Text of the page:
The first thing an architect or graphic designer will do at the start of a project is to produce some preliminary sketches — just to rough out their ideas on paper, perhaps augmented with computer-aided design software. But sound designers don’t have similar tools. A consortium of European researchers is seeking to change that by developing a suite of sketching tools for sound, based on voice and gestures.
“If you are an architect and want to sketch a house, you can simply draw it on a sketchpad,” the researchers wrote in a summary of their work. “But what do you do if you are a sound designer and want to rapidly sketch the sound of a new motorbike?” The usual tools — synthesisers, samplers, and sequences, for instance — are complicated and require considerable training to use. They’re just not as simple, quick, and intuitive as a sketch pad.
Sound is difficult to describe in words, which is why most of us resort to a combination of gesture and vocal mimicry when, say, trying to convey to someone else that a car goes vrooom. The human voice is like a built-in sound synthesiser.
“People can recognise fairly well what a person imitates,” Guillaume Lemaitre, a researcher at Ircam in Paris, France, told Gizmodo via email. “So our dream tool would be a synthesiser that we could directly interact with, [using] our voice and gestures, just as what we do naturally when we talk to someone. Ideally, this synthesiser would understand the imitations the same way a person would do, and create sounds accordingly.”
That’s the goal of SkAT-VG (Sketching Audio Technologies with Voice and Gestures), a three-year interdisciplinary collaborative project between four partners. Ircam is responsible for aspects involving perception psychology, gesture analysis, signal processing, and machine learning. The Royal Institute of Technology (KTH) in Stockholm, Sweden, is handling the phonetics, while Iuav University of Venice, Italy, focuses on sound design and sound synthesis. And Genesis, a company based in Aix-en-Provence that conducts sound studies and develops audio technologies for sound design, is in charge of user studies and prototype integration.
The first step is gaining a better understanding of how people use mimicry and gesture to communicate different sounds. So Lemaitre and his Ircam colleagues rounded up 50 volunteers and had them listen to recorded sounds, then imitate those sounds. There were mechanical sounds (like tapping and scraping), sounds of common objects (cars, blenders and saws) and also computer sounds, like sound effects in video games. All the participants were filmed with a GoPro camera, and fitted with a body-tracking Kinect and accelerometers attached to their wrists. They also captured the process on video:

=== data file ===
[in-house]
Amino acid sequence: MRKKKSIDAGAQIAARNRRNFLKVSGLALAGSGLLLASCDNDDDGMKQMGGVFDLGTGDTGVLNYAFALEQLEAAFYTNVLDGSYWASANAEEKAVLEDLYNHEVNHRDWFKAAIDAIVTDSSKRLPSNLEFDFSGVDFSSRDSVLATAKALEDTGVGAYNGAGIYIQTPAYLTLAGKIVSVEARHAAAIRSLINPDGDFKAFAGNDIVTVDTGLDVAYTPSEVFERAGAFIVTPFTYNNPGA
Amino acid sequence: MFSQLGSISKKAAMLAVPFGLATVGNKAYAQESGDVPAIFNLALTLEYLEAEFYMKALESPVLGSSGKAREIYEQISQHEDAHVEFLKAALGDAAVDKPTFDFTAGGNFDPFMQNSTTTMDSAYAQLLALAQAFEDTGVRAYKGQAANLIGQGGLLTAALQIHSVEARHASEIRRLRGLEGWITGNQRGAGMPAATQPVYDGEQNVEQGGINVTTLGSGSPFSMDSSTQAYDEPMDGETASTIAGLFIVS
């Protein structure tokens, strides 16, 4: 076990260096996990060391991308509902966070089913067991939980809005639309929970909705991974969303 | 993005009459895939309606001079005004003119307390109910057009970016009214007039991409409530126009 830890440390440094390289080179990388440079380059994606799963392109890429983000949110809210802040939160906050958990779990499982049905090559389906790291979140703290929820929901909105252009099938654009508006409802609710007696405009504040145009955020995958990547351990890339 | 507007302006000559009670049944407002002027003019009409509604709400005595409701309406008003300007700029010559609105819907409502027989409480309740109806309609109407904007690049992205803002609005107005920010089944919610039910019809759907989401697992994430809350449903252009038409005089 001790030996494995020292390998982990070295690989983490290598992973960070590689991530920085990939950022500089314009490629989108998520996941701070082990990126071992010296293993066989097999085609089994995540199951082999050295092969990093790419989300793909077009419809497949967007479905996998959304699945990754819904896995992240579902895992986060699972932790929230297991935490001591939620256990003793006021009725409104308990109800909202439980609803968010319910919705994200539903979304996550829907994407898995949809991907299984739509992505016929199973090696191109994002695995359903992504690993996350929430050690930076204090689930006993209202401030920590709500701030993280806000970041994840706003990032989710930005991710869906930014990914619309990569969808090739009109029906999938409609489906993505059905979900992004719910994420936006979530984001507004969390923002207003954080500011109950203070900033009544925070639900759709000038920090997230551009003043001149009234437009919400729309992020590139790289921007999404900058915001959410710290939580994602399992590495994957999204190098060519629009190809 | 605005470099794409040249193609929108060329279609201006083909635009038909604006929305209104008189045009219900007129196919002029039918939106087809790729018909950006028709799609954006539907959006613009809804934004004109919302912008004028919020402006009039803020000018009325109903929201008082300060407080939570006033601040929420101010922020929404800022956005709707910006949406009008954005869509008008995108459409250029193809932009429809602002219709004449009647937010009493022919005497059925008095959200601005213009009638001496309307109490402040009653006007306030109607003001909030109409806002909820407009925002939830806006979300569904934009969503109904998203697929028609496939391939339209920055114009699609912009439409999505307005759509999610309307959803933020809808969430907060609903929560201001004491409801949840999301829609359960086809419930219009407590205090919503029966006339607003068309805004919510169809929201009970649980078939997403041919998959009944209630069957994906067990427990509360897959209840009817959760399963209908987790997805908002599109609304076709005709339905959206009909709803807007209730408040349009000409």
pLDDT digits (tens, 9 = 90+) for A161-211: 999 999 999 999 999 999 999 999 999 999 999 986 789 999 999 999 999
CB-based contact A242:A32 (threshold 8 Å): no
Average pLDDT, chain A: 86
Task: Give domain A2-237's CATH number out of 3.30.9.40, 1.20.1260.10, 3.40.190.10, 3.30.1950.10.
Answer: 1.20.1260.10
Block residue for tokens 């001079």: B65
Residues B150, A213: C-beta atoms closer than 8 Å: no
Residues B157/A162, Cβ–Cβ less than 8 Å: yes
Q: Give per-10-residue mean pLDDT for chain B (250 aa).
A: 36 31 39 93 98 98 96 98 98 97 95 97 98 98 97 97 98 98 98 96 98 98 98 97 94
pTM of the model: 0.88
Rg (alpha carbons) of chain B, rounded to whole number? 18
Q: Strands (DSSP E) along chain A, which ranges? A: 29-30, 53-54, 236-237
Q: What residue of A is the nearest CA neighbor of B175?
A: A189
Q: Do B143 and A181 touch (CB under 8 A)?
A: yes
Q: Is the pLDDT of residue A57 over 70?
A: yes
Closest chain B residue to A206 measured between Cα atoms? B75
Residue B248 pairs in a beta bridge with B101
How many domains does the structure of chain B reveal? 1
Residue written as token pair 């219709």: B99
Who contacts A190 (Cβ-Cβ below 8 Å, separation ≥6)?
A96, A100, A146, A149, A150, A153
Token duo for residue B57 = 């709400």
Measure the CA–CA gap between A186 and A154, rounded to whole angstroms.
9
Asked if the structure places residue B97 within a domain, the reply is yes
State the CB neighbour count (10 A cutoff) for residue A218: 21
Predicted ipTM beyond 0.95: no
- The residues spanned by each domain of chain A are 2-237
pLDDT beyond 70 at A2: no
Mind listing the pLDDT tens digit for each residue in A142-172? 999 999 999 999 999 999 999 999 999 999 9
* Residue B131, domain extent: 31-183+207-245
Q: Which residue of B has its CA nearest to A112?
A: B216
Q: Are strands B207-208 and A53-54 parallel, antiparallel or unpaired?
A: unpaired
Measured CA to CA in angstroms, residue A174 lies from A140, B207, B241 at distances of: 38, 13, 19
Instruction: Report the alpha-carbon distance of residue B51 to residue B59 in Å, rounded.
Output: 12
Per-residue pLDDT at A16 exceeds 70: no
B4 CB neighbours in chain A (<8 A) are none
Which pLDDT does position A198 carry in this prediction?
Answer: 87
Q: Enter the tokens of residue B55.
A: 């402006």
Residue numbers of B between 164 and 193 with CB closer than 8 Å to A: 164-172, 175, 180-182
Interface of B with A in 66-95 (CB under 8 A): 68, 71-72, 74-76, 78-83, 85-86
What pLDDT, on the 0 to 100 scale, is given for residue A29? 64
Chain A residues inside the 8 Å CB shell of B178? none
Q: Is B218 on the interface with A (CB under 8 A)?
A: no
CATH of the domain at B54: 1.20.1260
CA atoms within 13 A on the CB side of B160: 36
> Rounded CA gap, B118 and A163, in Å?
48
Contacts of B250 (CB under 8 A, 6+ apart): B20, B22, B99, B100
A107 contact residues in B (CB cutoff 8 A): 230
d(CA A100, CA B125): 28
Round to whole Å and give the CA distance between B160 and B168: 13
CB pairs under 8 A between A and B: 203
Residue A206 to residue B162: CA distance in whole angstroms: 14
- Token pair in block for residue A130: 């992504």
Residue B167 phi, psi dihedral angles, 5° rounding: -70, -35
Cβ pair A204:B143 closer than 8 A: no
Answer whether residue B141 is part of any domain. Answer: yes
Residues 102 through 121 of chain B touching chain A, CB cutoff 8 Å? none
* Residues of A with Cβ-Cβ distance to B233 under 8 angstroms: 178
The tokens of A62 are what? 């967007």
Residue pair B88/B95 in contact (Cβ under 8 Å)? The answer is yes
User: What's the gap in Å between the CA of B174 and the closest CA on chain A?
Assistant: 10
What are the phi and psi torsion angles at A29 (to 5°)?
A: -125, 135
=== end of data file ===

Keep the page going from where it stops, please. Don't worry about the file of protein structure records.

Lemaitre admits that they had some misconceptions going into the study. For instance, “We initially thought that people would draw the trajectory of some acoustical features — like pitch or the intensity — with their hands in the air, like raising your hand to imitate pitch going up,” he said. But this proved not to be the case. Instead, gestures were used more for emphasis, in a metaphorical fashion stereotypically associated with Italian characters in film and television. “They seemed to be more like symbols that indicate certain overall properties of the sounds,” Lemaitre said.
Based on that, he and his colleagues concluded that gestures would not be particularly useful as a means of precisely controlling the behaviour of a synthesiser in real time, as the consortium members originally thought would be possible. Vocal imitations are far more effective for that purpose. “Voice can reproduce accurately higher tempos than gestures, and is more precise than gestures when reproducing complex rhythmic patterns,” according to Lemaitre’s summary.
The next step is to build actual prototypes of the sketching tools, based on what’s been learned so far, and test how well they work in real-world conditions. Lemaitre said the consortium will hold a special event this spring in the south of France, specifically for sound designers, giving them the task of creating specific sounds with the prototype tools and evaluating the pros and cons of the prototypes.
Practical uses aside, Lemaitre thinks studies of vocal imitations and gestures might also prove beneficial for neuroscientists interested in auditory perception and cognition. Studies like the one above could improve our understanding how sounds are encoded in memory.
Rocchesso, D., Lemaitre, G., Susini, P., Ternström, S., & Boussard, P. (2015) “Sketching Sound with Voice and Gesture,” Interactions 22(1): 38-41.
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